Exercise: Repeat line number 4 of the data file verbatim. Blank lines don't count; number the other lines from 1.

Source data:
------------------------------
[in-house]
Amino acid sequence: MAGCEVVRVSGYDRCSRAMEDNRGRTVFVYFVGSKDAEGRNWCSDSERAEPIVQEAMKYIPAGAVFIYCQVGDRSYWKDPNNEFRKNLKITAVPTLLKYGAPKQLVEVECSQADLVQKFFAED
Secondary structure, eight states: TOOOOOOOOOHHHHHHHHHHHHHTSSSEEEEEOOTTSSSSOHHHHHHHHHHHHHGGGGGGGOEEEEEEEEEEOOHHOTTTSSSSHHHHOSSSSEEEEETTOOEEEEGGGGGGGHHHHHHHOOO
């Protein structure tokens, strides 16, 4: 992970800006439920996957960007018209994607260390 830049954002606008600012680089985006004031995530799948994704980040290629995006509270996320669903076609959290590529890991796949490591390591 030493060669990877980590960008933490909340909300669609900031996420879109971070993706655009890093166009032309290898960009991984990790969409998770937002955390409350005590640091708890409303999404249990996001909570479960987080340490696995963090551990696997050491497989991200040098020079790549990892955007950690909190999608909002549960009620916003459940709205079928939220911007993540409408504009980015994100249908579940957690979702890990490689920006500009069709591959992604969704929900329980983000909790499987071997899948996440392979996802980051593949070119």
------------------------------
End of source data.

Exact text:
């Protein structure tokens, strides 16, 4: 992970800006439920996957960007018209994607260390 830049954002606008600012680089985006004031995530799948994704980040290629995006509270996320669903076609959290590529890991796949490591390591 030493060669990877980590960008933490909340909300669609900031996420879109971070993706655009890093166009032309290898960009991984990790969409998770937002955390409350005590640091708890409303999404249990996001909570479960987080340490696995963090551990696997050491497989991200040098020079790549990892955007950690909190999608909002549960009620916003459940709205079928939220911007993540409408504009980015994100249908579940957690979702890990490689920006500009069709591959992604969704929900329980983000909790499987071997899948996440392979996802980051593949070119």